We can’t tell people not to protest (pesky constitution!) so let’s just scare them into not protesting:
Predictable enough now that torture is a human right, imprisonment without trial is the noble work of our Constitutional Scholar in Chief, and wars are a nutritious part of your breakfast:
Sergio Ballesteros, 30, has been involved in Occupy LA since the movement had its California launch in October. But this week, his activism took an abrupt turn when he was arrested on a felony charge — lynching.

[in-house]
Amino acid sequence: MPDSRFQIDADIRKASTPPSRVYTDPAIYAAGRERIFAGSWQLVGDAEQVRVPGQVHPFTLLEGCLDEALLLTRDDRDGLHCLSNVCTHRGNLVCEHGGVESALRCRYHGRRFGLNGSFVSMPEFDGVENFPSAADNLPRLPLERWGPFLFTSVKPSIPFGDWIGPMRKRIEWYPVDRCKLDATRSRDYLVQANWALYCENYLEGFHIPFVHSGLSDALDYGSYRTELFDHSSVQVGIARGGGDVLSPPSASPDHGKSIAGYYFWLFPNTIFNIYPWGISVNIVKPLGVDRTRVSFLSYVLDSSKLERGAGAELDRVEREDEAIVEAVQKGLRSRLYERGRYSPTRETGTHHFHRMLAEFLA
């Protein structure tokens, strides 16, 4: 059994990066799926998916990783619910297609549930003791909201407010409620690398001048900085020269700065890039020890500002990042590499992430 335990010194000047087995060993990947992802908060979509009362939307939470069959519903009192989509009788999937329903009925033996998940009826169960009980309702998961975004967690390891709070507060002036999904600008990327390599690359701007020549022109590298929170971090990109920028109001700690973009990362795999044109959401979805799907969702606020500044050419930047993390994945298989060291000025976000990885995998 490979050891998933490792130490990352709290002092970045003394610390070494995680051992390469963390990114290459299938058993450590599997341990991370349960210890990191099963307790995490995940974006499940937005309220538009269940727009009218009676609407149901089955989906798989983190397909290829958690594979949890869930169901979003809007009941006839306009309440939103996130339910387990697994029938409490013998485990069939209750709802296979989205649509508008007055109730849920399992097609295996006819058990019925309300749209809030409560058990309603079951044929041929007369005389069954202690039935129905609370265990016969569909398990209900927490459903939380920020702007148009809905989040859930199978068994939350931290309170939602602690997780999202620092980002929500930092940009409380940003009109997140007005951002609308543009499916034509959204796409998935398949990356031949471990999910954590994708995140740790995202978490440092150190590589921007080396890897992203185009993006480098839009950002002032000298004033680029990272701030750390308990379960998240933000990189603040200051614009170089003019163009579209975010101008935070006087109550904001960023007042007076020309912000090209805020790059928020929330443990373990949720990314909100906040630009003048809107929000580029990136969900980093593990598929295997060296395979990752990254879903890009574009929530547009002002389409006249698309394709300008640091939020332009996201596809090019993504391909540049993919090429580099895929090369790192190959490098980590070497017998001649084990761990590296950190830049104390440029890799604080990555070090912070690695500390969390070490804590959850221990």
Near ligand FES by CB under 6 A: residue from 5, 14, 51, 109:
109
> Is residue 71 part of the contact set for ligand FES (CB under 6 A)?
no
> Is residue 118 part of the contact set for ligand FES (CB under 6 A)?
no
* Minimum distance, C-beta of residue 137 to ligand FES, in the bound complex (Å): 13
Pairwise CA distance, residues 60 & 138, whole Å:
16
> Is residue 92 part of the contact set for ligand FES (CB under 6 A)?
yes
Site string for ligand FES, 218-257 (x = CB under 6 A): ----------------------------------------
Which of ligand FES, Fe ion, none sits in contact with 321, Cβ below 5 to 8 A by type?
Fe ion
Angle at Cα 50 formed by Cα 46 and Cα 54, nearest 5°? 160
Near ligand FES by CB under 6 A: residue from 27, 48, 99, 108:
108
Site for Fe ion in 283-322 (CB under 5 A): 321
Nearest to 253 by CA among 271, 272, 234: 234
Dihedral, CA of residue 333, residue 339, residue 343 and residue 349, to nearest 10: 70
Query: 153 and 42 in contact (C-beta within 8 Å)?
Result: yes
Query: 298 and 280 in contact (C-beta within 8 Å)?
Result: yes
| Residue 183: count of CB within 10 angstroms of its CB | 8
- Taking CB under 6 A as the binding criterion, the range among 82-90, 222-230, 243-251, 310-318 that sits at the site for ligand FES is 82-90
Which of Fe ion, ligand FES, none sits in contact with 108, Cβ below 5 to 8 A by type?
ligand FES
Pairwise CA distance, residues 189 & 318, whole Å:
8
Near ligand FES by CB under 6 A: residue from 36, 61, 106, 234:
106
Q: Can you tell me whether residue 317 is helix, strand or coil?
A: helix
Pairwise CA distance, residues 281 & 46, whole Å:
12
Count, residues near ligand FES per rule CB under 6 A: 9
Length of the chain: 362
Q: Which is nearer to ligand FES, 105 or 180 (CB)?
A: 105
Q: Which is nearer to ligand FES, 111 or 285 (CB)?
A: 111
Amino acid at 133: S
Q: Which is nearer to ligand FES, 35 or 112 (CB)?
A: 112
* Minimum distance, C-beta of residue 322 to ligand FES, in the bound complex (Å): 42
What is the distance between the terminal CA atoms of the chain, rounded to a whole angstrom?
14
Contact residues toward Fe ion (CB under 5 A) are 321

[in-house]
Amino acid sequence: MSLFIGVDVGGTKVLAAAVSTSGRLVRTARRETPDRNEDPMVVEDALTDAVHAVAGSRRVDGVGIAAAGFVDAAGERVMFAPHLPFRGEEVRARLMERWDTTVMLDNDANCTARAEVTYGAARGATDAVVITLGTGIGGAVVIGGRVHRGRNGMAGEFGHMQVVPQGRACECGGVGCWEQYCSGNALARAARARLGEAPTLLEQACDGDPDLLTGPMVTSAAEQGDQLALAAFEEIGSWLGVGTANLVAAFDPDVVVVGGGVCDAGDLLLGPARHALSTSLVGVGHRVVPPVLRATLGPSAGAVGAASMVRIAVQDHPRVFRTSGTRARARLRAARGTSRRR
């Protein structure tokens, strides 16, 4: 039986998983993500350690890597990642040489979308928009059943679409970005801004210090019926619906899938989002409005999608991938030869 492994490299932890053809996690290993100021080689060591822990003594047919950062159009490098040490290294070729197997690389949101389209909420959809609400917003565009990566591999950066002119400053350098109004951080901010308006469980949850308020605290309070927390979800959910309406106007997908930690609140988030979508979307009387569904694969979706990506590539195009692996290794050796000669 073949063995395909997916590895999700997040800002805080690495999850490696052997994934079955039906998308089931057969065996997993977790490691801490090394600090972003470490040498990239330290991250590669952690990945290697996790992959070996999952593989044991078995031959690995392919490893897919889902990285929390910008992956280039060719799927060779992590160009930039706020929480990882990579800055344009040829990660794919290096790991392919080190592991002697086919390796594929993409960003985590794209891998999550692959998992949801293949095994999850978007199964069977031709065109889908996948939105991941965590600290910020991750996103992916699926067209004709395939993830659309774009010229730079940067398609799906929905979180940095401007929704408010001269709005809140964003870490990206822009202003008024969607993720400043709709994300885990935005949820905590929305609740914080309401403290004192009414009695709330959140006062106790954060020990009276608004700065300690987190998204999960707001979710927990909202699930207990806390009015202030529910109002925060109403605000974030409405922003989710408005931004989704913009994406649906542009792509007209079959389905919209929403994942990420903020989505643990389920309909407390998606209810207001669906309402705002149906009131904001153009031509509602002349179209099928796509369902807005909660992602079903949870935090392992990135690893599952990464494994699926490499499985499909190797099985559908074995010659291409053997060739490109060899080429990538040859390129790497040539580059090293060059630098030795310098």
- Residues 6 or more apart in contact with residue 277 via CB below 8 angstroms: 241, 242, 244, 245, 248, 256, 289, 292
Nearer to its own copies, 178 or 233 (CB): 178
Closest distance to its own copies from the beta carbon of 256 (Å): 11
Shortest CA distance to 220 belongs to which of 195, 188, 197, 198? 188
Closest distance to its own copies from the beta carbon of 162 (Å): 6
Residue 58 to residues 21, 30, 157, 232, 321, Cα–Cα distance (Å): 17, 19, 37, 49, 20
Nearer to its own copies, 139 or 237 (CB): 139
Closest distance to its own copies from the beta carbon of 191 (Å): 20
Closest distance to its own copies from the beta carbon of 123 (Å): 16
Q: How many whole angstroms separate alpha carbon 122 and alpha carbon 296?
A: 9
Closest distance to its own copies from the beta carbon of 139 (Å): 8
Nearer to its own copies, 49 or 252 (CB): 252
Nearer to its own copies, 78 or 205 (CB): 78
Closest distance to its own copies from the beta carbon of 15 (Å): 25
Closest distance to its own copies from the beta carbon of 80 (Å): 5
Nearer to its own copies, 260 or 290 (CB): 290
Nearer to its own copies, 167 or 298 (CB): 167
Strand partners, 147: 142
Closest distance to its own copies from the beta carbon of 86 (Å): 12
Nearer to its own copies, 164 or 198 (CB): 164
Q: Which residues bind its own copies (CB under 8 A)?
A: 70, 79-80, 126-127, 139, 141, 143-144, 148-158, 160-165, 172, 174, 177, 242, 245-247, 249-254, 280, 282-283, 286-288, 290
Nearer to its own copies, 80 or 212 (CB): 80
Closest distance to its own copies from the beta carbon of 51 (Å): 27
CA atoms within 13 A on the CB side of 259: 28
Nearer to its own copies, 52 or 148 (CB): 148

Under the California penal code, lynching is “taking by means of a riot of any person from the lawful custody of any peace officer,” where “riot” is defined as two or more people threatening violence or disturbing the peace. The original purpose of the legal code section 405(a) was to protect defendants in police custody from vigilante mobs — especially black defendants from racist groups.
Whether the police allegation in this case will be pursued by by California’s courts is uncertain. But the felony charge — which carries a potential four-year prison sentence — is the kind of accusation that can change the landscape for would-be demonstrators.